19. Yanez-Munoz, R.J. et al. Effective gene therapy with nonintegrating lentiviral vectors. Nat. Med. 12, 348–353 (2006).

    Article  CAS  Google Scholar 

  20. Chambers, S.M. & Studer, L. Cell fate plug and play: direct reprogramming and induced pluripotency. Cell 145, 827–830 (2011).

    Article  CAS  Google Scholar 

  21. Makeyev, E.V., Zhang, J., Carrasco, M.A. & Maniatis, T. The MicroRNA miR-124 promotes neuronal differentiation by triggering brain-specific alternative pre-mRNA splicing. Mol. Cell 27, 435–448 (2007).

    Article  CAS  Google Scholar 

  22. Packer, A.N., Xing, Y., Harper, S.Q., Jones, L. & Davidson, B.L. The bifunctional microRNA miR-9/miR-9* regulates REST and CoREST and is downregulated in Huntington's disease. J. Neurosci. 28, 14341–14346 (2008).

    Article  CAS  Google Scholar 

  23. Visvanathan, J., Lee, S., Lee, B., Lee, J.W. & Lee, S.K. The microRNA miR-124 antagonizes the anti-neural REST/SCP1 pathway during embryonic CNS development. Genes Dev. 21, 744–749 (2007).

    Article  CAS  Google Scholar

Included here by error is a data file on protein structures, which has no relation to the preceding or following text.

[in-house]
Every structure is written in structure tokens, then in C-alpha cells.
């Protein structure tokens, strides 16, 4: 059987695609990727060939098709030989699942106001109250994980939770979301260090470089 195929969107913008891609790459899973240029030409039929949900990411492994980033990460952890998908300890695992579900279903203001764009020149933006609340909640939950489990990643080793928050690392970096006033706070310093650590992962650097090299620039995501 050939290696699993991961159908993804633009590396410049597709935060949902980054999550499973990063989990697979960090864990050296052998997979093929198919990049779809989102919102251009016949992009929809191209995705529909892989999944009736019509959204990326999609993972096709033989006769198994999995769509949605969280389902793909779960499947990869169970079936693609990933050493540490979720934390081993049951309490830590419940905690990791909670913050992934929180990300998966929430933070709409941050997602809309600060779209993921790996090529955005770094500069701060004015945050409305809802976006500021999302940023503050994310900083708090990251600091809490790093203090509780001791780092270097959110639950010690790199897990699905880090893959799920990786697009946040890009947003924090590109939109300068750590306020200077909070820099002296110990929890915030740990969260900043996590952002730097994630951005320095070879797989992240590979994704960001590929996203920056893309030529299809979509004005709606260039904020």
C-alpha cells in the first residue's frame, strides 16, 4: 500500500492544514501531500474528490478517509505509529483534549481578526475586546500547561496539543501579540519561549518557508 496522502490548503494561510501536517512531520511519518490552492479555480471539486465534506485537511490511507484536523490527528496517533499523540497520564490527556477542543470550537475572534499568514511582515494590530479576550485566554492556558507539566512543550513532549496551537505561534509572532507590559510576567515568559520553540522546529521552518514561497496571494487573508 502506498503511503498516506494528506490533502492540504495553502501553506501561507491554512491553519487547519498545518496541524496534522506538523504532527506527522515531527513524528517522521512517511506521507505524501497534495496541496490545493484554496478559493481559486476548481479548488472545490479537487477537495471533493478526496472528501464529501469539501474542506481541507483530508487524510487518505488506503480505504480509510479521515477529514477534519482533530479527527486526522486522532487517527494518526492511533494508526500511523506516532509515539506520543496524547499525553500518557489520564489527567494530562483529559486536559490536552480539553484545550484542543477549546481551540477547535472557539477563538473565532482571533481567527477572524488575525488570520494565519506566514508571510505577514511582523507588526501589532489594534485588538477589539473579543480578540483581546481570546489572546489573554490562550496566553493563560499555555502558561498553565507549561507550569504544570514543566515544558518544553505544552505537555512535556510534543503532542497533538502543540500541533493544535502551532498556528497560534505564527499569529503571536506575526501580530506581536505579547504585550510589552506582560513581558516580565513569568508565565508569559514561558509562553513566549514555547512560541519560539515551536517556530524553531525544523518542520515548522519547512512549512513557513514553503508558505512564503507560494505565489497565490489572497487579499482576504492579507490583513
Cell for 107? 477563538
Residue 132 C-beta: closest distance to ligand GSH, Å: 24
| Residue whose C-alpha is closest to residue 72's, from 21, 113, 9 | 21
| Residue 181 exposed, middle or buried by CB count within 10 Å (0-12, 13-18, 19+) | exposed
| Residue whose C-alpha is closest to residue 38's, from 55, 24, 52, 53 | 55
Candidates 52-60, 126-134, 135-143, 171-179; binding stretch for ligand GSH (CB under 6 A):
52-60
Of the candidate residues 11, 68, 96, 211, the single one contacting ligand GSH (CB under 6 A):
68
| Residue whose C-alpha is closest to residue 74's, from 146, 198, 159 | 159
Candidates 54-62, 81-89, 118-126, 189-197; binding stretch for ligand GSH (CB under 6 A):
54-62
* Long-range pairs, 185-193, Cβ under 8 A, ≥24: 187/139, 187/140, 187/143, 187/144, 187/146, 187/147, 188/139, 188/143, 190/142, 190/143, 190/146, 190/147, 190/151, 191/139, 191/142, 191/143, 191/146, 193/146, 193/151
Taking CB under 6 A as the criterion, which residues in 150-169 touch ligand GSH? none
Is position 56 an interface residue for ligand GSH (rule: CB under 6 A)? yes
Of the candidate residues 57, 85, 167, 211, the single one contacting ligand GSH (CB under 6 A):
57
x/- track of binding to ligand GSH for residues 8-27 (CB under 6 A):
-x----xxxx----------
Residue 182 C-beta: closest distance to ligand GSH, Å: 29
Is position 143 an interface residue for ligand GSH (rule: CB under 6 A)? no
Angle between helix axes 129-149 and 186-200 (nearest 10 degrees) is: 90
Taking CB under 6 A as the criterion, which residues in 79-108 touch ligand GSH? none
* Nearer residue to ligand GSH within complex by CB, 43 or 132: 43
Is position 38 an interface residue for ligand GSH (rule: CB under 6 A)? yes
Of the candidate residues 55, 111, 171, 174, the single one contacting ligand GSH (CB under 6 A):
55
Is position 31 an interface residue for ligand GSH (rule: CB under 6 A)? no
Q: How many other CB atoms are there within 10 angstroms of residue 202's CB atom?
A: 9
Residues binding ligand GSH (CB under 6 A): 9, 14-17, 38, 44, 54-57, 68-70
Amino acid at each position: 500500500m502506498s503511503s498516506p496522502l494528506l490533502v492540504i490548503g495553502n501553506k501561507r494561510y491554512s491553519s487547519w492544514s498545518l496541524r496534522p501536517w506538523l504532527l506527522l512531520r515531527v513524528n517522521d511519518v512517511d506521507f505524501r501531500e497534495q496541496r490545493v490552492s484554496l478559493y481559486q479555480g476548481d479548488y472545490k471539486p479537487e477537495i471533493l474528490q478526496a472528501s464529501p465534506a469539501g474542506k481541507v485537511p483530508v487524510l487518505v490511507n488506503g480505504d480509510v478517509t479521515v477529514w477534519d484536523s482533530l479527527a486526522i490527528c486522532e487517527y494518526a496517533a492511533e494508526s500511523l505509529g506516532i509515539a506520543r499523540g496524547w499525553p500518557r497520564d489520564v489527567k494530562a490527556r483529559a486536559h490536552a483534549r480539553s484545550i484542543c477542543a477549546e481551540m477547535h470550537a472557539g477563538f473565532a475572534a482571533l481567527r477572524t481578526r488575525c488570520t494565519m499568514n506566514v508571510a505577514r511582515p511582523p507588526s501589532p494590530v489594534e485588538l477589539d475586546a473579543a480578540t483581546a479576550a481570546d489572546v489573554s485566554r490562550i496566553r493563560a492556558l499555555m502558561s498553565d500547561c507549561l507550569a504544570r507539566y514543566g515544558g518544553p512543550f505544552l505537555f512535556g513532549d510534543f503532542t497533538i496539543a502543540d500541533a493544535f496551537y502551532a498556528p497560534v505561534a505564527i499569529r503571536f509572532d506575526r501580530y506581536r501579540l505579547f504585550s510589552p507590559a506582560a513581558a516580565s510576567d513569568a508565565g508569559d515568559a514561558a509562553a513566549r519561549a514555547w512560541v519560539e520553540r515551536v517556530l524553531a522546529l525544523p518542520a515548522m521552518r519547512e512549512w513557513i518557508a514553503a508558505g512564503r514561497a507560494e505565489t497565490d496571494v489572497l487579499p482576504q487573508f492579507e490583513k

24. Yoo, A.S., Staahl, B.T., Chen, L. & Crabtree, G.R. MicroRNA-mediated switching of chromatin-remodelling complexes in neural development. Nature 460, 642–646 (2009).

    Article  CAS  Google Scholar 

  25. Conaco, C., Otto, S., Han, J.J. & Mandel, G. Reciprocal actions of REST and a microRNA promote neuronal identity. Proc. Natl. Acad. Sci. USA 103, 2422–2427 (2006).

    Article  CAS  Google Scholar 

  26. Kutner, R.H., Zhang, X.Y. & Reiser, J. Production, concentration and titration of pseudotyped HIV-1-based lentiviral vectors. Nat. Protoc. 4, 495–505 (2009).

    Article  CAS  Google Scholar 

  27. Arlotta, P., Molyneaux, B.J., Jabaudon, D., Yoshida, Y. & Macklis, J.D. Ctip2 controls the differentiation of medium spiny neurons and the establishment of the cellular architecture of the striatum. J. Neurosci. 28, 622–632 (2008).